Methods

Study population

All MDR-TB patients registered between 2011 and 2014 in designated MDR-TB specialist hospitals (the majority of whom were registered in one provincial tuberculosis hospital) were enrolled as the study population. The methods used for MDR-TB detection included phenotypic drug susceptibility testing (based on solid culture and liquid culture techniques) and molecular methods (line probe assay). Mycobacterium tuberculosis (MTB) strains that were found to be resistant to both isoniazid (INH) and rifampicin (RMP) using any of the aforementioned methods were considered MDR-TB.

Data sources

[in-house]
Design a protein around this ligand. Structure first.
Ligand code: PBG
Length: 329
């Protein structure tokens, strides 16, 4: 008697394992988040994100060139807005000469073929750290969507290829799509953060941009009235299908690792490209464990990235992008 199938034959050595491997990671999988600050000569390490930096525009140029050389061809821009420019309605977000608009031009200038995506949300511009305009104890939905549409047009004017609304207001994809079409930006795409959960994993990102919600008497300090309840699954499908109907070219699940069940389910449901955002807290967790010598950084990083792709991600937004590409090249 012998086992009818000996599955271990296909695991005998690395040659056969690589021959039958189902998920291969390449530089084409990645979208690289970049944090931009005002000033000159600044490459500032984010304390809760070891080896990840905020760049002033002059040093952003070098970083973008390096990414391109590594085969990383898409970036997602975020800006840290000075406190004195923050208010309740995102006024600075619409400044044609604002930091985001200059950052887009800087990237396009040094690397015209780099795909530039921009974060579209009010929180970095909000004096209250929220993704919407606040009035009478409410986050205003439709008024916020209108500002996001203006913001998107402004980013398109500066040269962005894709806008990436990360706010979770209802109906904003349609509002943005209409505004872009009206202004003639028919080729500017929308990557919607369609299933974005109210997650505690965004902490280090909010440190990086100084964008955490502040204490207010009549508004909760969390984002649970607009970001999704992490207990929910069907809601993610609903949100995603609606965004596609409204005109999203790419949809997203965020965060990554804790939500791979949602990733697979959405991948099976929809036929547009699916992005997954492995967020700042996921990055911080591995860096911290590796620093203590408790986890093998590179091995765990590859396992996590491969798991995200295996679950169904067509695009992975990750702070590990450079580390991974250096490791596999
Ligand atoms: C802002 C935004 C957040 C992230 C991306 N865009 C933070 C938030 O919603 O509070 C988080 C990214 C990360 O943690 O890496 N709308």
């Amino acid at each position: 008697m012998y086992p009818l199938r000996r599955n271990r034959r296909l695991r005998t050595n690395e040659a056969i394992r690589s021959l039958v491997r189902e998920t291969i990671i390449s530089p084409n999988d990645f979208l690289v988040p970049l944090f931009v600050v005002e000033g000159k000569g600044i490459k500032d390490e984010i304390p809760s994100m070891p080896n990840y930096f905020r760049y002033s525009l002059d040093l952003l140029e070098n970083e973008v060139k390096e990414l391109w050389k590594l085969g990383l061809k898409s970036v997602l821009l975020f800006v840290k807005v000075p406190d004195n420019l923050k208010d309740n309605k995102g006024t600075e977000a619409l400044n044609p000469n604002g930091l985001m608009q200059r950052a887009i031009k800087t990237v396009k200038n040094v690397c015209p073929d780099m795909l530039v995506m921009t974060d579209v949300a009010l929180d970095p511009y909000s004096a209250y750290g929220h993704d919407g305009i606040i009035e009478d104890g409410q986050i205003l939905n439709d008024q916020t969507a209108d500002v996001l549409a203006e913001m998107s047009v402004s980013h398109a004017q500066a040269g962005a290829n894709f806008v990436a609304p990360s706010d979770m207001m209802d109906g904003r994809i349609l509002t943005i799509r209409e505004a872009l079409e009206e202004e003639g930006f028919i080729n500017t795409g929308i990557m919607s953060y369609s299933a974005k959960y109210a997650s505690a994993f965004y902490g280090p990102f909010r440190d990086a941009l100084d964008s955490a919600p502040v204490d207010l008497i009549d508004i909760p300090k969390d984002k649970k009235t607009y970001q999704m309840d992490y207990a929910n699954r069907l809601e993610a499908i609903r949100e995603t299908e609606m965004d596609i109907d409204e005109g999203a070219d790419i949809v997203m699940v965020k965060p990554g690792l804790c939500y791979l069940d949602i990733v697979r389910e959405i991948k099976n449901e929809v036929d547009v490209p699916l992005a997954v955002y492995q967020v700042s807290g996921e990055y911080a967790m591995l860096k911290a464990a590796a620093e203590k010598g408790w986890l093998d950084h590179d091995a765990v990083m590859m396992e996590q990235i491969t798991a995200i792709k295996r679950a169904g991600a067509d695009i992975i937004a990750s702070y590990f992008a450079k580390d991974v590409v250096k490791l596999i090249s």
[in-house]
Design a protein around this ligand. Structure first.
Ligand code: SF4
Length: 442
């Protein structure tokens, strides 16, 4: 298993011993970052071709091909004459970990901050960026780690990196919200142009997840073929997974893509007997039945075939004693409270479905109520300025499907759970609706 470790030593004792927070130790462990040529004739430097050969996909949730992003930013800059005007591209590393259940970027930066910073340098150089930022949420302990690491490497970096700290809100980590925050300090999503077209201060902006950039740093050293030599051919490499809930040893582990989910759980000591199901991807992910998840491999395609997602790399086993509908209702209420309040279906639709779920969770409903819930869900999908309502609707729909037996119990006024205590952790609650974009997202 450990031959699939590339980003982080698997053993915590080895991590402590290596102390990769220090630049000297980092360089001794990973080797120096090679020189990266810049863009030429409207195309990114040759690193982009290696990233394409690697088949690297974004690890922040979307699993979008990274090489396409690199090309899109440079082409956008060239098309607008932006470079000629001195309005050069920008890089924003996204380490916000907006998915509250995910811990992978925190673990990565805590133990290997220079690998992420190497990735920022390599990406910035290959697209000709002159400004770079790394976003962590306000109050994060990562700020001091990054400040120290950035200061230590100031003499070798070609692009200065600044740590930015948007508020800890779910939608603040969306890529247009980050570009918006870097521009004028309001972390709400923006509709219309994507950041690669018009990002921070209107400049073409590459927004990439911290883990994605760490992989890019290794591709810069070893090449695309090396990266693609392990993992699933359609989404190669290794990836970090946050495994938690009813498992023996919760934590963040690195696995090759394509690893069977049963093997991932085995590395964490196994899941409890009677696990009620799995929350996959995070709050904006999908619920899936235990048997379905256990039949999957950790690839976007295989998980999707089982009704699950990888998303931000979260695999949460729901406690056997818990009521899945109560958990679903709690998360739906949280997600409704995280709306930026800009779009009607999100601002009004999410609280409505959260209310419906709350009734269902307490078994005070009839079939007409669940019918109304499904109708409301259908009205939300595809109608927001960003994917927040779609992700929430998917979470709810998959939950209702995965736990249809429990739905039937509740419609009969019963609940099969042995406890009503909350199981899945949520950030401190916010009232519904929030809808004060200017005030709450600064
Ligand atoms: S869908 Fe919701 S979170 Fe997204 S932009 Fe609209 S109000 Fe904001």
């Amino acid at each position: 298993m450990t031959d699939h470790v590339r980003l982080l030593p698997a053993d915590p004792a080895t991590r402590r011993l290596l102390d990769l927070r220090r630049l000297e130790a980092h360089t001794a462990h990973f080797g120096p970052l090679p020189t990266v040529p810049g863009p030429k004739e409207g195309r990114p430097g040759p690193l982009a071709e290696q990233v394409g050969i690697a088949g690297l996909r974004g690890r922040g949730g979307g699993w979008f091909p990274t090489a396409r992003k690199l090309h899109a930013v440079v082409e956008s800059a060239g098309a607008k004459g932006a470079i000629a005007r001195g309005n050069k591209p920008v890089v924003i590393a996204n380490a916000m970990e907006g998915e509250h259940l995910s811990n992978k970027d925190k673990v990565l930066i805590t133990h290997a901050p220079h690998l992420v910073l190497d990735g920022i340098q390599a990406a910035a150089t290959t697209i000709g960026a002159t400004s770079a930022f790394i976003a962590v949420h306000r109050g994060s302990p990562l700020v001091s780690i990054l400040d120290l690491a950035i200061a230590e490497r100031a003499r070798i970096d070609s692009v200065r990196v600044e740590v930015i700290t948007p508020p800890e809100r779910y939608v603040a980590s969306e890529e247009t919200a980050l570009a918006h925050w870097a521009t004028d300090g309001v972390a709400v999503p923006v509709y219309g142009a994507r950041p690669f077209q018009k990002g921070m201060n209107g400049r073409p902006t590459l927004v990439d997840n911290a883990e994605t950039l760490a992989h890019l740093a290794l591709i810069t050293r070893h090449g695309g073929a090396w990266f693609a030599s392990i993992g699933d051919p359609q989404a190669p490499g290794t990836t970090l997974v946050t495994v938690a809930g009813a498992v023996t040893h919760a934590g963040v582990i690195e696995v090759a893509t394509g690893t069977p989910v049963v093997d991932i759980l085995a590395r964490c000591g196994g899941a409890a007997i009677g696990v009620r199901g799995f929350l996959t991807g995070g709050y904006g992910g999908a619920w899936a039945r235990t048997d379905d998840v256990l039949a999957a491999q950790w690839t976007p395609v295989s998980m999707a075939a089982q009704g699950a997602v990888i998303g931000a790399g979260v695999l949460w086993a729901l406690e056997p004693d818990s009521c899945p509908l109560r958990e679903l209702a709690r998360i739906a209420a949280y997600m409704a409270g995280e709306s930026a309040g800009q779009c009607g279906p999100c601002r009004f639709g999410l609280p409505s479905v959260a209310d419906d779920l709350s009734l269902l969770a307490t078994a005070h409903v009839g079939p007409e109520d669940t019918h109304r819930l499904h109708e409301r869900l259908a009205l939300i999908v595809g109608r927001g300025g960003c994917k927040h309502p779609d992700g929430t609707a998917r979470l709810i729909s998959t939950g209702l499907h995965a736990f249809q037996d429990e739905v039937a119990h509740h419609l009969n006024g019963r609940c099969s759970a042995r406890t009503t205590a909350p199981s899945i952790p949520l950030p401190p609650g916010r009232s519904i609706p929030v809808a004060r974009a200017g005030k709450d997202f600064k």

Four data sources from the designated MDR-TB hospitals were used to extract patient information: the “Drug Susceptibility Testing (DST) Results Registry form”, which documents all DST results, including diagnoses of MDR-TB; the “MDR-TB Case Registry form”, which includes data on the treatment enrollment of MDR-TB cases; the self-designed "MDR-TB Patient Tracing Registry form of Hunan Province", which includes information on the reasons for non-enrollment in treatment; and the Chinese Internet-based TB Management Information System, which includes data on patient sex, age, occupation, residence, and treatment history. For the analyses, age groups were categorized as ≤20, 21–40, 41–60 and ≥61 years. Each patient’s current location was categorized as central, northern, southern, southwestern, western, other province and unknown based on their socioeconomic status within the province and the travel distance required for MDR-TB care. The four forms were linked by CDC staffs using patient “patient name”, “sex”, “age”, and “living address “to incorporate each patient’s information (the researcher used de-identified data). Treatment history was classified according to the definitions provided by the national implementation guideline for MDR-TB control and management and WHO definitions and reporting framework for tuberculosis [3, 4]. New patients are those who have never been treated for TB or have taken anti-TB drugs for less than one month. Relapse patients are those patients who have previously been treated for TB, were declared cured or treatment completed at the end of their most recent course of treatment, and are now diagnosed with a recurrent episode of TB (either a true relapse or a new episode of TB caused by reinfection). Initial treatment failure is a new patient whose smear result was positive at the end of the fifth month or treatment completion. Retreatment failure patients are those who have previously been treated for TB and whose treatment failed at the end of their most recent course of treatment. Smear positive after three months of initial treatment are those new smear positive patients whose smear results are positive at the end of three months of treatment. Return patients are those who are treated for at least one month and interrupt the treatment for more than two months and come back for treatment. Others are those patients who do not fit into any of the above categories.